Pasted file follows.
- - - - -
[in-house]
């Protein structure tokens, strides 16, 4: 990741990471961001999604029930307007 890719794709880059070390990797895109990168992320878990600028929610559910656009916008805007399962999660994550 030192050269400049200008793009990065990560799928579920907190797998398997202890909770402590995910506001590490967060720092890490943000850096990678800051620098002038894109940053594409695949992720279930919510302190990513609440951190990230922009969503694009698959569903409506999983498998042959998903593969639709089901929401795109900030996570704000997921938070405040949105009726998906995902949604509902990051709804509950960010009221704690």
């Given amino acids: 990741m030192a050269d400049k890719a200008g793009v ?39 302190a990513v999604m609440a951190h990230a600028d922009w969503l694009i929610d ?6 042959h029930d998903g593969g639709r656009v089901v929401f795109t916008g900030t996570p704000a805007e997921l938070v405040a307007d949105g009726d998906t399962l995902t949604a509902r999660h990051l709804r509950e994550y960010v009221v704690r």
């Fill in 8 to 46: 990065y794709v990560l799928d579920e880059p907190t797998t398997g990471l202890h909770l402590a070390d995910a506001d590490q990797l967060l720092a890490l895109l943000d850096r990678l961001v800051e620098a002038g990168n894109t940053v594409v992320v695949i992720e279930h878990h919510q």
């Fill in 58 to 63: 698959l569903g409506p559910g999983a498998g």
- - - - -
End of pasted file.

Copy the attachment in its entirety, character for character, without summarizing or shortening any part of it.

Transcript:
[in-house]
């Protein structure tokens, strides 16, 4: 990741990471961001999604029930307007 890719794709880059070390990797895109990168992320878990600028929610559910656009916008805007399962999660994550 030192050269400049200008793009990065990560799928579920907190797998398997202890909770402590995910506001590490967060720092890490943000850096990678800051620098002038894109940053594409695949992720279930919510302190990513609440951190990230922009969503694009698959569903409506999983498998042959998903593969639709089901929401795109900030996570704000997921938070405040949105009726998906995902949604509902990051709804509950960010009221704690």
């Given amino acids: 990741m030192a050269d400049k890719a200008g793009v ?39 302190a990513v999604m609440a951190h990230a600028d922009w969503l694009i929610d ?6 042959h029930d998903g593969g639709r656009v089901v929401f795109t916008g900030t996570p704000a805007e997921l938070v405040a307007d949105g009726d998906t399962l995902t949604a509902r999660h990051l709804r509950e994550y960010v009221v704690r």
């Fill in 8 to 46: 990065y794709v990560l799928d579920e880059p907190t797998t398997g990471l202890h909770l402590a070390d995910a506001d590490q990797l967060l720092a890490l895109l943000d850096r990678l961001v800051e620098a002038g990168n894109t940053v594409v992320v695949i992720e279930h878990h919510q």
């Fill in 58 to 63: 698959l569903g409506p559910g999983a498998g």